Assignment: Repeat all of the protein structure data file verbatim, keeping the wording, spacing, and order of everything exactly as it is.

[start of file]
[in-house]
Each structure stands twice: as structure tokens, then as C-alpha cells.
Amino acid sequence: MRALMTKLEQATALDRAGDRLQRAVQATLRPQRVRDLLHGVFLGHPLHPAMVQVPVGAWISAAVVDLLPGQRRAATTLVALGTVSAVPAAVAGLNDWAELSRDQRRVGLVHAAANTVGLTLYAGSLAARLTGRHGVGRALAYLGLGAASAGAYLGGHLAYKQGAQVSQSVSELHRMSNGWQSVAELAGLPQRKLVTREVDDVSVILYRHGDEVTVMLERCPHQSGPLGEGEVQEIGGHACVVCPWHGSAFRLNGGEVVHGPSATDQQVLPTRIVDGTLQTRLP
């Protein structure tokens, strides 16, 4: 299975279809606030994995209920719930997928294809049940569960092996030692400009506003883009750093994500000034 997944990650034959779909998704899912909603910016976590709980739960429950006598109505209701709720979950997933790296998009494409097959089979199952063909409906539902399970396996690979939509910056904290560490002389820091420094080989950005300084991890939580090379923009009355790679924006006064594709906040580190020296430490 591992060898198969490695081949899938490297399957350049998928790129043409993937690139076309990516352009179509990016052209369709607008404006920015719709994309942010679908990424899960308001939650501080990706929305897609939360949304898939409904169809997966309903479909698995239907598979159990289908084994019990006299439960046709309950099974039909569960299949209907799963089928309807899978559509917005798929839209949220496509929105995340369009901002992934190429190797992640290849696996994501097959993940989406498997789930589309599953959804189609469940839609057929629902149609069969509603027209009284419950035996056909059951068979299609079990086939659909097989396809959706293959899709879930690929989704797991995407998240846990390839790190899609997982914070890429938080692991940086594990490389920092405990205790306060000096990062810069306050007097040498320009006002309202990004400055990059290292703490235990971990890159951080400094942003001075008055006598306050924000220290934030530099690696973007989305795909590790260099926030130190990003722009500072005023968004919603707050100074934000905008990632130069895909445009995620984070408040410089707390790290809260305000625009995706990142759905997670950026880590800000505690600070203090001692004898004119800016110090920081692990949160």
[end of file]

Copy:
[in-house]
Each structure stands twice: as structure tokens, then as C-alpha cells.
Amino acid sequence: MRALMTKLEQATALDRAGDRLQRAVQATLRPQRVRDLLHGVFLGHPLHPAMVQVPVGAWISAAVVDLLPGQRRAATTLVALGTVSAVPAAVAGLNDWAELSRDQRRVGLVHAAANTVGLTLYAGSLAARLTGRHGVGRALAYLGLGAASAGAYLGGHLAYKQGAQVSQSVSELHRMSNGWQSVAELAGLPQRKLVTREVDDVSVILYRHGDEVTVMLERCPHQSGPLGEGEVQEIGGHACVVCPWHGSAFRLNGGEVVHGPSATDQQVLPTRIVDGTLQTRLP
């Protein structure tokens, strides 16, 4: 299975279809606030994995209920719930997928294809049940569960092996030692400009506003883009750093994500000034 997944990650034959779909998704899912909603910016976590709980739960429950006598109505209701709720979950997933790296998009494409097959089979199952063909409906539902399970396996690979939509910056904290560490002389820091420094080989950005300084991890939580090379923009009355790679924006006064594709906040580190020296430490 591992060898198969490695081949899938490297399957350049998928790129043409993937690139076309990516352009179509990016052209369709607008404006920015719709994309942010679908990424899960308001939650501080990706929305897609939360949304898939409904169809997966309903479909698995239907598979159990289908084994019990006299439960046709309950099974039909569960299949209907799963089928309807899978559509917005798929839209949220496509929105995340369009901002992934190429190797992640290849696996994501097959993940989406498997789930589309599953959804189609469940839609057929629902149609069969509603027209009284419950035996056909059951068979299609079990086939659909097989396809959706293959899709879930690929989704797991995407998240846990390839790190899609997982914070890429938080692991940086594990490389920092405990205790306060000096990062810069306050007097040498320009006002309202990004400055990059290292703490235990971990890159951080400094942003001075008055006598306050924000220290934030530099690696973007989305795909590790260099926030130190990003722009500072005023968004919603707050100074934000905008990632130069895909445009995620984070408040410089707390790290809260305000625009995706990142759905997670950026880590800000505690600070203090001692004898004119800016110090920081692990949160």